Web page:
- Moscow is “strictly and consistently” guided by the principle that a nuclear war can never be won and should never be fought, - the Russian Foreign Ministry said, calling on other nuclear powers to “demonstrate in practice” their own commitment to this. “We firmly believe that in the current difficult and turbulent situation, a result of irresponsible and shameless actions aimed at undermining our national security, the first priority is to prevent any military clash of nuclear powers,” - the Ministry said.
Russia stands by its signature on the January 3 joint statement with leaders of the ‘Nuclear Five’ – which includes the USA, UK, France and China – on the prevention of nuclear war and the unacceptability of a nuclear arms race.
Russia has repeatedly warned the USA and its allies that their overt aid to the government in Ukraine makes them parties to the conflict in Ukraine. Moscow has also publicly accused Kiev of “nuclear blackmail,” including an alleged plan to detonate a “dirty N-bomb” against its own citizens.
Addressing Western accusations that Russia has made threats to use nuclear weapons in Ukraine, the Foreign Ministry said that the circumstances in which Moscow may resort to such weapons are “extremely clearly outlined, purely defensive in nature, and do not allow for broad interpretation.”
“Use of nuclear weapons by Russia is hypothetically allowed only in response to aggression carried out with the use of WMDs, or aggression with the use of conventional weapons, when the very existence of the state is threatened,” -the Ministry said.
- The Foreign Ministry summoned Britain's ambassador to Russia Deborah Bronnert in connection with last week's Ukrainian attack targeting Russian military and civilian vessels in Sevastopol in the October 29 attack. The act of terrorism prompted Moscow to temporarily freeze its participation in the Black Sea grain export deal with Kiev.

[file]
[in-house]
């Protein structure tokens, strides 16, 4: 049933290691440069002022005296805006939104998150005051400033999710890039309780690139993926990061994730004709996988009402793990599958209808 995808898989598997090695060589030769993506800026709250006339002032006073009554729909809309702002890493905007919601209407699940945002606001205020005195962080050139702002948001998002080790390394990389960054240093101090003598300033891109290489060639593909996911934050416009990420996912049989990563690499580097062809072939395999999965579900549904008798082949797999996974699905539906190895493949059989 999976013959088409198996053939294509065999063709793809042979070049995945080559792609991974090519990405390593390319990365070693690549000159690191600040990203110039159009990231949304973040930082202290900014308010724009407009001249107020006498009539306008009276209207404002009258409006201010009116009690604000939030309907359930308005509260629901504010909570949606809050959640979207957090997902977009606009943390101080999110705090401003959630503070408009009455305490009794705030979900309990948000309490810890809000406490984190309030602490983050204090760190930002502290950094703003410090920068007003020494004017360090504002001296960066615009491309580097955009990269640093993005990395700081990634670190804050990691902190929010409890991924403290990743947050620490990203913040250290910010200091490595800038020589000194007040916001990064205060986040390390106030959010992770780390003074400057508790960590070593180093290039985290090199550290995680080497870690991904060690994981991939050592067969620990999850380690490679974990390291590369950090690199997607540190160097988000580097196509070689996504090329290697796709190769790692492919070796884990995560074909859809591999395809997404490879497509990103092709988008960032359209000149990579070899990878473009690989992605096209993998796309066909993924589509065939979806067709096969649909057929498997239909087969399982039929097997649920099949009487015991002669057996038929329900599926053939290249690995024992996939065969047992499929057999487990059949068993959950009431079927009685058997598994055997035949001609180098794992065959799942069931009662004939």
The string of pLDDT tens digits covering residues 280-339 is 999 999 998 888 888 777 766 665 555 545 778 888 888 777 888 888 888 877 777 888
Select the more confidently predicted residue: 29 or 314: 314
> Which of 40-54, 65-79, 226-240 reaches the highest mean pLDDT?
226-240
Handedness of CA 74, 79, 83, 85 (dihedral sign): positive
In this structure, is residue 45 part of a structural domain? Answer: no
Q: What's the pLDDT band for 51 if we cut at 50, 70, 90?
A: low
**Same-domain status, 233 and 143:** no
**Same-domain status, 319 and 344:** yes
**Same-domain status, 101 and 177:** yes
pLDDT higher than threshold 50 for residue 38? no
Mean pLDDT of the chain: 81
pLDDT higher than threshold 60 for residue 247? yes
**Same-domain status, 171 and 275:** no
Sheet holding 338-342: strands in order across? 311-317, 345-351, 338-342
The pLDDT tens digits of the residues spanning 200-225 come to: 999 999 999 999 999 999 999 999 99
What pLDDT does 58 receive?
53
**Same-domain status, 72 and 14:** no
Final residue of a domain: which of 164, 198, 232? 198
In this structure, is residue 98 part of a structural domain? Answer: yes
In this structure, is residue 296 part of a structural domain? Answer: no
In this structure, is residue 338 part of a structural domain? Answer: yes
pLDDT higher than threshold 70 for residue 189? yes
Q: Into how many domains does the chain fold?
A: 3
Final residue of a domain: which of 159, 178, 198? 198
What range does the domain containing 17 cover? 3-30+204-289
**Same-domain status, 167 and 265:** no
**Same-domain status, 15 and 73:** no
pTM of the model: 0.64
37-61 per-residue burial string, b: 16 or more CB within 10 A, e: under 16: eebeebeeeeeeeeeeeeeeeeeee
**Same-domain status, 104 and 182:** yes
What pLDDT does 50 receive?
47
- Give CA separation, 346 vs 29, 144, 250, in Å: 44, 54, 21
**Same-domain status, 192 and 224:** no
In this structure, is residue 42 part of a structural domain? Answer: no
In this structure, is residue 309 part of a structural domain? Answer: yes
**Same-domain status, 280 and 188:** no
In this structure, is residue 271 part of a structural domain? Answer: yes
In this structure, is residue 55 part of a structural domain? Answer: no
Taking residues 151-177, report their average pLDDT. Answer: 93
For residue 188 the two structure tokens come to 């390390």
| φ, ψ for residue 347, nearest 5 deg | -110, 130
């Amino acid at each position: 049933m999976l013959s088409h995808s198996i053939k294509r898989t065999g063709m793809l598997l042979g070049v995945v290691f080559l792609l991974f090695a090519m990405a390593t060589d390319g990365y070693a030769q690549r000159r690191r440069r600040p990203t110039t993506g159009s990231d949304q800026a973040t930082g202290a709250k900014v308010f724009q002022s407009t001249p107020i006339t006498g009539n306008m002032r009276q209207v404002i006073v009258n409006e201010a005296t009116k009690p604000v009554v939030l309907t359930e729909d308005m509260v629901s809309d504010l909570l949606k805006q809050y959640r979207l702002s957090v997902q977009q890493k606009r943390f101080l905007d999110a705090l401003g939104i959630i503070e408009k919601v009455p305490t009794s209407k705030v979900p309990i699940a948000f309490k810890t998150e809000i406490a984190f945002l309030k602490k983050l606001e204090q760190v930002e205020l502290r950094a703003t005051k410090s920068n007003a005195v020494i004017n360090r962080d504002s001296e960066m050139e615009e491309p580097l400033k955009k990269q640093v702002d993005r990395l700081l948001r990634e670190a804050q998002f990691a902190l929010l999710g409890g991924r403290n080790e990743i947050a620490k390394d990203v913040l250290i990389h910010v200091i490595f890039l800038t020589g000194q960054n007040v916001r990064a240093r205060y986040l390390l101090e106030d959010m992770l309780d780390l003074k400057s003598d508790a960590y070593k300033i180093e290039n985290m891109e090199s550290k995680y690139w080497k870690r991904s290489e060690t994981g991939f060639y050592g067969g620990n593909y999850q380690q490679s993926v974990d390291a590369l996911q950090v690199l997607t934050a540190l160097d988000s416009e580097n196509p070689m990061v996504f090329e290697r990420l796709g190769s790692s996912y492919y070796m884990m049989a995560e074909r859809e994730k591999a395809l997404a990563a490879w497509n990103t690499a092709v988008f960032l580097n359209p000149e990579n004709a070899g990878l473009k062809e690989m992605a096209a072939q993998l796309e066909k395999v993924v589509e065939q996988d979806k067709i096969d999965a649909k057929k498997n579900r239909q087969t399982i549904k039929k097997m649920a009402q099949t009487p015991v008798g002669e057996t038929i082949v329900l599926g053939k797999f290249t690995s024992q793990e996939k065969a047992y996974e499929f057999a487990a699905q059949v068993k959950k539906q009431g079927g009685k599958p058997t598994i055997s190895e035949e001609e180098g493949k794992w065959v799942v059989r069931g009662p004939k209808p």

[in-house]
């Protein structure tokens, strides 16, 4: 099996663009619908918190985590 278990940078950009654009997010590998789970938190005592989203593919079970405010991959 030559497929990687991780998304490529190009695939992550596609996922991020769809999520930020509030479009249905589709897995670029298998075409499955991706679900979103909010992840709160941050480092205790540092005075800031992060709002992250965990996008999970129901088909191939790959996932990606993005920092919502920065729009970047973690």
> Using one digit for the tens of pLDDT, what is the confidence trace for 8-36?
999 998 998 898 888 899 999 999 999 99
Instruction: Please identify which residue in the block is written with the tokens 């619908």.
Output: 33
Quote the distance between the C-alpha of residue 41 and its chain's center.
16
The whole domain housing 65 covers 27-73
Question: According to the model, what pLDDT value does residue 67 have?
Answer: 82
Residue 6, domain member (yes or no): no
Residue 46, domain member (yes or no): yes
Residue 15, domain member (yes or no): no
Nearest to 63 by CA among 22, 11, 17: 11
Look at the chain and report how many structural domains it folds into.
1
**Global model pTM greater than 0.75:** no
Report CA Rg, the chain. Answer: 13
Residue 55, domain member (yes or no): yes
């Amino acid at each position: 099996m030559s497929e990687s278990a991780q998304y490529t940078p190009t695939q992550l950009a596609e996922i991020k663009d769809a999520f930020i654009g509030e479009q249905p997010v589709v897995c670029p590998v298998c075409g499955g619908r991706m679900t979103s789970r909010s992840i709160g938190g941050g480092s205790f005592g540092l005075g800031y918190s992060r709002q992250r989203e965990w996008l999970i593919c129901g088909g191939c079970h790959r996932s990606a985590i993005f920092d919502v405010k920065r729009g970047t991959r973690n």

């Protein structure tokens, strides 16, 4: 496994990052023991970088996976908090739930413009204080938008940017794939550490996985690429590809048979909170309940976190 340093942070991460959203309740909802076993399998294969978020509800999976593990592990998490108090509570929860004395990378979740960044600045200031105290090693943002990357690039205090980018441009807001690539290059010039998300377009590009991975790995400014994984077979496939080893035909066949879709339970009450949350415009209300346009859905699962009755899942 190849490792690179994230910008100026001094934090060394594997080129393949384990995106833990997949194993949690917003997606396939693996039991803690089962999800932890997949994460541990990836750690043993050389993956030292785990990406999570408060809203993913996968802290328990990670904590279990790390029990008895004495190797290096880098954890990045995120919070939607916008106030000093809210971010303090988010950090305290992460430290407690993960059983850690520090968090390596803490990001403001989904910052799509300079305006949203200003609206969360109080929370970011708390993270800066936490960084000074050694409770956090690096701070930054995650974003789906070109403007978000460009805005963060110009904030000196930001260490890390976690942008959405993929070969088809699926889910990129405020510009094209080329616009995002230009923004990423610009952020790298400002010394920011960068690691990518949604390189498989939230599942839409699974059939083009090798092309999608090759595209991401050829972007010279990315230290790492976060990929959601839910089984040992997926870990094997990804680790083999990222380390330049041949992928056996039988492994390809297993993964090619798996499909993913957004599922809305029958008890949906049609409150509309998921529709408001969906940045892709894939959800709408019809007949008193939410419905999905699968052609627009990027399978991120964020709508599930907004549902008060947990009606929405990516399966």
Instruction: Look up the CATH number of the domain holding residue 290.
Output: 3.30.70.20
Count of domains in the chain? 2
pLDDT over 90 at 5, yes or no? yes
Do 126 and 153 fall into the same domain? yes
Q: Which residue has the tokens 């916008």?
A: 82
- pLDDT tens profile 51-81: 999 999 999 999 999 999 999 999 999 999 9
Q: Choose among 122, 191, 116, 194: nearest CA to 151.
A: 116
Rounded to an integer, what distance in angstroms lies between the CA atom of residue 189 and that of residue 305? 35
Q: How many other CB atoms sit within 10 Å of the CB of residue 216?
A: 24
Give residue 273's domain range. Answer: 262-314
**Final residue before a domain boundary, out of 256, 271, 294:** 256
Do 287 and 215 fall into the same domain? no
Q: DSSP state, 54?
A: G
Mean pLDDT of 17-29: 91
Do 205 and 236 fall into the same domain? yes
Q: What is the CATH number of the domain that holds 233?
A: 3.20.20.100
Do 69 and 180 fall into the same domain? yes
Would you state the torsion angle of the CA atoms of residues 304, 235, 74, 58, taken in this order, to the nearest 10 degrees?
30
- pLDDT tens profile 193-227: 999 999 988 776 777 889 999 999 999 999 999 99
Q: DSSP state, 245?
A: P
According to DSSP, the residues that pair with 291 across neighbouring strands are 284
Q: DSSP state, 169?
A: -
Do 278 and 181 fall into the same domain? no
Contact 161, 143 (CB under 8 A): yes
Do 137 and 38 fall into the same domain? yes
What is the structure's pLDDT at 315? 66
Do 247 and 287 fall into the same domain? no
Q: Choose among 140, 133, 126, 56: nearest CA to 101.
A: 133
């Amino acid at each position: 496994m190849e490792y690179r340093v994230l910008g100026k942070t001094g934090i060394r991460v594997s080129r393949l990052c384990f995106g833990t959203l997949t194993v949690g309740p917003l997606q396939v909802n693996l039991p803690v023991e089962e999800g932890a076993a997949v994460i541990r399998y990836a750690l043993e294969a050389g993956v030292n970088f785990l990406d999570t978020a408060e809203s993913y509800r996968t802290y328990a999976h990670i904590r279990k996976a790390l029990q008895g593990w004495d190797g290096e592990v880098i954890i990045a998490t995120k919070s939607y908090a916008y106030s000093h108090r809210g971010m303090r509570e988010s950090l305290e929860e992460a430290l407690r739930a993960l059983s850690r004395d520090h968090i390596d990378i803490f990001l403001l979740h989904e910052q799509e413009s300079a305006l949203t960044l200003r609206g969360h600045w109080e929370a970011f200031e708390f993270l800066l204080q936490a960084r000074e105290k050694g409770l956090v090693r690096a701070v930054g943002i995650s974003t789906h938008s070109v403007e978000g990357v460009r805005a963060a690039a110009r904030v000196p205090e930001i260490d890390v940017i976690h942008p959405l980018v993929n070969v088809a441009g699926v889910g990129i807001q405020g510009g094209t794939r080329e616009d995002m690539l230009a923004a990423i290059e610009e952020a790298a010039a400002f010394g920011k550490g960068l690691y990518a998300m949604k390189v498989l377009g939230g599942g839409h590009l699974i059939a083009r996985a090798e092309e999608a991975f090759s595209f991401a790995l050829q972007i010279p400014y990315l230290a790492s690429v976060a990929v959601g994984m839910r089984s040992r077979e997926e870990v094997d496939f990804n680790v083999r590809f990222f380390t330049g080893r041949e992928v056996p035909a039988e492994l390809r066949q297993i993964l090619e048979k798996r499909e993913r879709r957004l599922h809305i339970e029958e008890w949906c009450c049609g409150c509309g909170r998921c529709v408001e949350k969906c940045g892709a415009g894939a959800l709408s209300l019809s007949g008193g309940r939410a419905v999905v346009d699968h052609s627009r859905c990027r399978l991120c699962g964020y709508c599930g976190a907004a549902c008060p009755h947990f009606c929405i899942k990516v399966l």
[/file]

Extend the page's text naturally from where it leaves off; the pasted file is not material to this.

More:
In a statement, the Ministry indicated that it had information that London transferred a number of unmanned underwater drones to Kiev, and that British specialists have been actively involved in the training and supply of Ukrainian Navy special operations forces, including those involved in sabotage operations at sea.
"If such acts of aggression, fraught with (the UK's) direct involvement in the conflict, continue, the entire responsibility for their disastrous consequences and the growth of tensions in relations between our states will lie entirely on the British side," - the Foreign Ministry said.
Moscow warned that Britain's actions threaten to escalate the security crisis and lead to "unpredictable and dangerous consequences," and that such "hostile provocations" on London's part were "inadmissible" and must be stopped immediately.
The Russian Black Sea Fleet port of Sevastopol repelled a massive drone attack on October 29, shooting down multiple UAVs and remote-controlled surface vessels in Sevastopol Bay. According to Russia's Defense Ministry, the warships attacked included ships providing security for the so-called 'grain corridor' - the secure maritime route agreed by Moscow and Kiev this summer through which cargo vessels carrying grain from Ukrainian ports through the Black Sea for export abroad.
The Russian military later retrieved drone wreckage from the sea floor to examine the remains, finding Canadian-made navigation modules installed on the maritime drones.
Preparations for the drone attack were carried out under the guidance of British specialists in the port city of Otchakov controlled by Ukrainian Army, where Ukrainian Navy special units are trained by the UK Royal Navy and the US Navy experts according to the Russian MoD.
The Sevastopol attack is the second time in weeks that Moscow has called out London on terrorism-related charges. Russia's Defense Ministry concluded that the Royal Navy took part in the planning, organization and execution of the late September attacks on the Nord Stream natural gas pipeline network.
On November 1, Russian Foreign Ministry spokesperson asked London to explain the wording "It's done" iPhone text message sent by now former Prime Minister Liz Truss to the U.S. Secretary of State Antony Blinken just one minute after Nord Stream was exploded. Liz Truss is still silent.
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